As he so often does, Prime Minister Viktor Orbán stole the show at last week’s Bálványos “open university” for ethnic Hungarians in Transylvania, with a not-so-subtle verbal intervention in Sunday’s referendum on the impeachment of Romanian president Traian Băsescu.
The resulting furor dominated international headlines about the event in Băile Tușnad/Tusnádfürdő, and certainly overshadowed one other event that might have been of interest to the global press.
Two days before Orbán’s bombshell, Fidesz parliamentary caucus leader Antal Rogán and Orbán’s international communications “czar” Ferenc Kumin made some waves by telling a seminar that Hungary’s image in the Western world had been unduly shaped by economic interests opposed to the government’s rough treatment of banks and corporations, and “ultra-liberal” journalists.
While it’s hard to dispute that foreign banks and multinationals doing business in Hungary are not feeling so charitable towards the current Hungarian government, I don’t think this is the reason “ultra-liberal” journalists may be on the warpath. After all, just look at the coverage of Iceland, which stiffed “international capital” in ways Orbán and Co. could only dream of.
Instead, I would say there are other reasons international journalists – who indeed, tend to be liberals – tend to trash Orbán’s Hungary. And the primary one is a reflexive liberal internationalist distaste to things like “summer camps” where right-wing nationalists get together and gripe about liberals.
Seriously. As someone who isn’t a full member of the cabal of ultra-liberal internationalist journalists, but who knows how it works, I can easily see an editor green-lighting a front page feature about a shadowy “training camp for Hungarian irredentist nationalists deep within Romanian territory.”
Not lurid enough for you? No problem! Because the week before Bálványos Hungary’s firebrand House Speaker László Kövér presided over the opening of a “patriotism camp” (Hazaszeretet Tábor) down in Zalaegerszeg, where 50 youths from local villages – and some ethnic Hungarian kids from neighboring Slovenia – will spend several weeks this summer.
“Always be proud of your Hungarianness, and never let others discourage you from it,” Kövér told the campers. “This is your gift and heritage from God, which you must nurture and enrich.”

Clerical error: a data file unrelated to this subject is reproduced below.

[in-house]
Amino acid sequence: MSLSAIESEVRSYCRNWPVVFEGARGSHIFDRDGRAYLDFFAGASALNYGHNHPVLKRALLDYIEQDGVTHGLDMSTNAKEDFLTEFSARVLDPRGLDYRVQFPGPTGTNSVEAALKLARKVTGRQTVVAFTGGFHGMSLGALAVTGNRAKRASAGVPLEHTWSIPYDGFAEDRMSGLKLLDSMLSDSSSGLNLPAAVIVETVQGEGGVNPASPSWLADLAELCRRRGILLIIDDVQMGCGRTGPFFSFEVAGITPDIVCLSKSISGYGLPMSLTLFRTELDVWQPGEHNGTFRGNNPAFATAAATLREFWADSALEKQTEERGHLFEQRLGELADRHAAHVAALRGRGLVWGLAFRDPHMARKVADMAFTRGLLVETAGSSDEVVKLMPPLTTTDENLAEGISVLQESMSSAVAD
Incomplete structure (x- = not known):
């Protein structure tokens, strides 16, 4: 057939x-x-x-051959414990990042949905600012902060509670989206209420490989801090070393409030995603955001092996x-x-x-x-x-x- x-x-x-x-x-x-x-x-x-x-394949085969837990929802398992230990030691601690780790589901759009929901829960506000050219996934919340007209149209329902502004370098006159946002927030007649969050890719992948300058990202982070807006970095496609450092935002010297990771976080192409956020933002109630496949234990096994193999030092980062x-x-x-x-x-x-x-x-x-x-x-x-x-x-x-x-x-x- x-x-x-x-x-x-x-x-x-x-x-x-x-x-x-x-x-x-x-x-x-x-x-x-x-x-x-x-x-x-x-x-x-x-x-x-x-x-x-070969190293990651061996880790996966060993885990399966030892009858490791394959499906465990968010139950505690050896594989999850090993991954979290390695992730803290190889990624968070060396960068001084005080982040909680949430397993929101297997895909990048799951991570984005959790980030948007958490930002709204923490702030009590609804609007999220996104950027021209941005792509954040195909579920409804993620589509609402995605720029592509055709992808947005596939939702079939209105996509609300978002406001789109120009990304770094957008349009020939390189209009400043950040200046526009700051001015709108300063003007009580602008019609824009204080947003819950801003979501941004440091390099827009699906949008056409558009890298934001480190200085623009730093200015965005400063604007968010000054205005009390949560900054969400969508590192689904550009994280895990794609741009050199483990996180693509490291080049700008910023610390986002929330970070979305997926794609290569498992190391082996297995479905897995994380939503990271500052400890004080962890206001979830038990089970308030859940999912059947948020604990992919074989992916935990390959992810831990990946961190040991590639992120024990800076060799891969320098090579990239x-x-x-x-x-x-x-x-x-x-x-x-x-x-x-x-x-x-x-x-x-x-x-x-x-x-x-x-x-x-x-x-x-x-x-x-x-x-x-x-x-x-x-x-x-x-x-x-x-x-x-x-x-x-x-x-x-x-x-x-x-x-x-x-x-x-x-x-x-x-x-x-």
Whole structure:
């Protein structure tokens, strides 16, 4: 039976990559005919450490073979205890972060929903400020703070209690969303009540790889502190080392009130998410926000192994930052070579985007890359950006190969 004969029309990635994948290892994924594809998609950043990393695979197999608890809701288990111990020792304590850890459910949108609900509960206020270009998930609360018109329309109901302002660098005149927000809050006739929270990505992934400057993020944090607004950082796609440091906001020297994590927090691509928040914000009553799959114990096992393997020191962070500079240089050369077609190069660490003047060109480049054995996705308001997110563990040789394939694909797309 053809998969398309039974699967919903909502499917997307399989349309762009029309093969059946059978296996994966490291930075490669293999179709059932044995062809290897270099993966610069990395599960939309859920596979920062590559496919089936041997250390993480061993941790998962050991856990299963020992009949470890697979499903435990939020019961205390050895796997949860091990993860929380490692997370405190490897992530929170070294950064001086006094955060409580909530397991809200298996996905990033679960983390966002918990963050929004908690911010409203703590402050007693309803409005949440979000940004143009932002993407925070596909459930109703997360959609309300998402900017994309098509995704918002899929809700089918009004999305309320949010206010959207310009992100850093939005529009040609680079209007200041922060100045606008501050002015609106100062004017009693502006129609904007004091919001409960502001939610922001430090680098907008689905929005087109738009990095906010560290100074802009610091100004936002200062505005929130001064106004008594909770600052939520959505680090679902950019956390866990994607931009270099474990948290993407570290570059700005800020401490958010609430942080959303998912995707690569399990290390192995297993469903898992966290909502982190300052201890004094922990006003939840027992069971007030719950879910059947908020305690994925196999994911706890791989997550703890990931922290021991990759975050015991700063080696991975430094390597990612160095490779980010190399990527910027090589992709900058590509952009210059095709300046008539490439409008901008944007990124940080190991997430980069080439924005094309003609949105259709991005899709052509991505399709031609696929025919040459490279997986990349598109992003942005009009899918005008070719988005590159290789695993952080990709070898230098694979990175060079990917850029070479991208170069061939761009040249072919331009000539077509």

Kövér, who was photographed with some uniformed camp officials toasting the camp’s opening with a shot of pálinka (fruit brandy), conceded that the camp’s name may raise a few eyebrows.
Since the Zalaegerszeg camp’s program mostly seems to consist of cultural heritage activities – workshops to learn traditional fishing and hunting techniques and so on – it might be hard to portray it as a training ground for ultra-nationalist militants, even if the opening saw some kids lining up behind the controversial Árpád flag (above).
Then again, it wouldn’t be too hard for a dedicated ultra-liberal internationalist journalist to connect the dots between the Zalaegerszeg Patriotism Camp and the Budapest-based Militarytábor (“military camp”), which counts the government and the Budapest Police among its partners:
Militarytábor is a military camp specially created for kids. Learn everything that was mandatory for foot soldiers during conscription times. Participate in military training exercises all day long. Live firing with AK-47s, hand grenade throwing, gas attacks, night raids, urban combat, obstacle courses, camouflaging, water jump. Our specialists are trained by professional sharpshooters, SWAT team members and government guards. Lunch at noon, football and games in the evening. Nights on military camp beds in tents. Night watch duty with arms by kids. Everything here is done at command for a whole week. If you last, it’s gonna be an experience of a lifetime. We don’t have forced marches or underwater swimming in full gear because it’s skills, not physical strength, that counts here. Apply now!
Now, like I said, I’m not one of those ultra-liberal internationalist journalists who would suggest that there is anything sinister about a network of nationalist training camps for right-wing Hungarians. But I’d bet a week on the Croatian coast that at least one will read this.